Last week I asked “What Saved Your Faith?” as part of the release celebration for A Christian Survival Guide. I was overwhelmed with the honest, beautiful stories of faith that felt on the brink and was saved. There are so many different ways that your faith can be saved, and I’m grateful that so many participated and shared with the Twitter hashtag #savedmyfaith.
I’m going to take the next week off from blogging in order to catch up on some things I had to put on the back burner, but I first wanted to share a round up of the posts along with some of my favorite quotes:
“In the middle of the night, our church was that stairwell; our hymns, an improvised jumble of notes and rhythms that spoke of longing, of peace, of joy. We shared our hearts with one another in a way that was sacred. In the midst of the questions surrounding my faith during my college years, I found holiness in the music of a dirty hallway.”
“When freedom is as evident as it’s ever been and God’s presence breaks through the thin places again and again, yet I still struggle with occasional (though less frequent, praise God!) worries about my kids or fears about new adventures, God reminds me through songs to keep focusing on him, keep showing up to love, and keeping praising through everything.”
“Grief and loss and the iffy decisions that I made in that dark hour led me far, led me to push hard against the edges of my faith to see what would break away and what would stand. And all that while, when I battered away at the false promises of ease and lifelong marriage, as the accusations about divorce and celibacy lobbed from without and within, that love held my core tight and firm, reminding me in groans I could neither utter or hear that I was profoundly and deeply loved by One who is love.”
“As the new and clueless mother of infants who cried and demanded things in a language I didn’t know, my faith was stretched like a breaking rubber band. I remember stretching out on the carpet of my bedroom while one or two wailed, praying for peace, and knowledge and creativity, and energy. I remember rising from that carpet, tears on my face and carpet impressions, too, walking with a supernatural calm to ease their discomfort, to fulfill their needs, to be the mom I had to be, wanted to be.”
“While the timing of past events has become very fuzzy to me, there is one moment I do remember, although I do not remember when or where it occurred. I was at a point where I thought I would have to make a decision to give it all up. Faith, church, Jesus. And as I contemplated what to do, I realized it could go either way. I didn’t know anymore who Jesus was or what he was supposed to mean to me. It was as if I was facing two paths to walk down, and I had to choose one.”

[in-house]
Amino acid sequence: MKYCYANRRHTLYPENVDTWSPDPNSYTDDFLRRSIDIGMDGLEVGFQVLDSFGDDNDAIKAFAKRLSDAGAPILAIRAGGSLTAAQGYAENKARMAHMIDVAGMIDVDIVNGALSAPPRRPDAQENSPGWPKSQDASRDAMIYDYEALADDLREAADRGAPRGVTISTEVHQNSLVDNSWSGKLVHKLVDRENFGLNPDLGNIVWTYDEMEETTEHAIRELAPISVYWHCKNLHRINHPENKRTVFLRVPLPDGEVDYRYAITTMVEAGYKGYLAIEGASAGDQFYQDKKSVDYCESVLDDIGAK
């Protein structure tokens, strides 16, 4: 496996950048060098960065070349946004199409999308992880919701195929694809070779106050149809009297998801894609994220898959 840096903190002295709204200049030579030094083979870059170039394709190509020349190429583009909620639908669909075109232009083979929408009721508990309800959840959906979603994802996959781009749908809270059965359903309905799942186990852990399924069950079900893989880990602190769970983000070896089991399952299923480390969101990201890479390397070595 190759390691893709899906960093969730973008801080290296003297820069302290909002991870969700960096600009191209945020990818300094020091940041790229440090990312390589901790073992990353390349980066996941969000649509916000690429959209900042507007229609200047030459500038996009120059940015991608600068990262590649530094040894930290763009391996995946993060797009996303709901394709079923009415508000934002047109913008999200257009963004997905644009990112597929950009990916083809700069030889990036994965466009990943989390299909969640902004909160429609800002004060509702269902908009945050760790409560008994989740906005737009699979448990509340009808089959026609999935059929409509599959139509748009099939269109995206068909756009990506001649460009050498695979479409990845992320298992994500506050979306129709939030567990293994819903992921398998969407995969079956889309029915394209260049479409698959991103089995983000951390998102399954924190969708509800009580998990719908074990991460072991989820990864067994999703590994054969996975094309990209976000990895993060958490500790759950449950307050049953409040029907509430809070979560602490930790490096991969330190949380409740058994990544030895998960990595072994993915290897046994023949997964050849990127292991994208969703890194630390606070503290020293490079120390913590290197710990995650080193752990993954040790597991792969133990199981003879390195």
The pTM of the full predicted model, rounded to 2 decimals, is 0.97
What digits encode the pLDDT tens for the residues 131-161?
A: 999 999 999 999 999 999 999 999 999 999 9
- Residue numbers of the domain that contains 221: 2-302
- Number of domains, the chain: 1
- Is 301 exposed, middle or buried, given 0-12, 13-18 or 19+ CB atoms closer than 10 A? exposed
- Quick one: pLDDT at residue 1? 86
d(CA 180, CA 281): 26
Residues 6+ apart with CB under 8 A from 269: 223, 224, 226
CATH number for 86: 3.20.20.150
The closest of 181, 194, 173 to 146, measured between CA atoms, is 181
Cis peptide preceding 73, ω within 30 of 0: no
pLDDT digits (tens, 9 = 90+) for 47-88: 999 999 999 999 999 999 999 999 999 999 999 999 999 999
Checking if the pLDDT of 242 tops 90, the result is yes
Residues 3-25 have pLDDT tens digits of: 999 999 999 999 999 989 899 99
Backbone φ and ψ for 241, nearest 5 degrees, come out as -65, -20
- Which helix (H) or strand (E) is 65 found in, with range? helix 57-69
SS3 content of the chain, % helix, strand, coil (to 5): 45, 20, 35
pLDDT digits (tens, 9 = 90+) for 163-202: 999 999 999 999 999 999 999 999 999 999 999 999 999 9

“Ultimately I don’t believe it is my faith in God that keeps me going, it is his commitment to love me and be at work within me that endures in good times and in bad. He saves the faith he planted in me whenever it is threatened by times of darkness, disaster or drought. ”
“I’ve been on the edge of giving up. Weary of rituals. Weary of people equating my questions with a lack of faith. Weary of people using the first chapter of 1 Corinthians to persuade me to stop digging deeper. Weary of people telling me to “just believe.” Weary of people in general.
Then there are people that God uses in tremendous ways.
Every person that listens to my story and my struggles and says, “me too.”
Every person that listens to me recount the ups and downs of my day to day existence with even a hint of love and empathy in their eyes.”
Christian on the Frontline“These “heretics” have quite literally saved my faith and my relationship with Christ. They blew wide open the questions and dared to go down roads many deemed too dangerous. Anytime I find someone branded a heretic by a Christian, it encourages me to go read their work. ”
“Because when The Gray emerges, when it overwhelms and frightens and clouds our stories, it also sometimes forces us to huddle under cozy blankets and stare out cloudy windows and just be. We become lost in a tangle of unknowing and we question God, hurling insults at him and raising questions towards him, one after another after another, like the ball pitching machine in the batting cages. Whoosh! Whoosh! Whoosh! Our hands lob and they sling and they fire fastballs towards the Great One, wondering if this’ll be the last time he’ll lend ear to our third-degree queries. For somehow, in this insult-throwing, not-knowing, time-of-questioning period of gray, I’ve felt the most certitude.”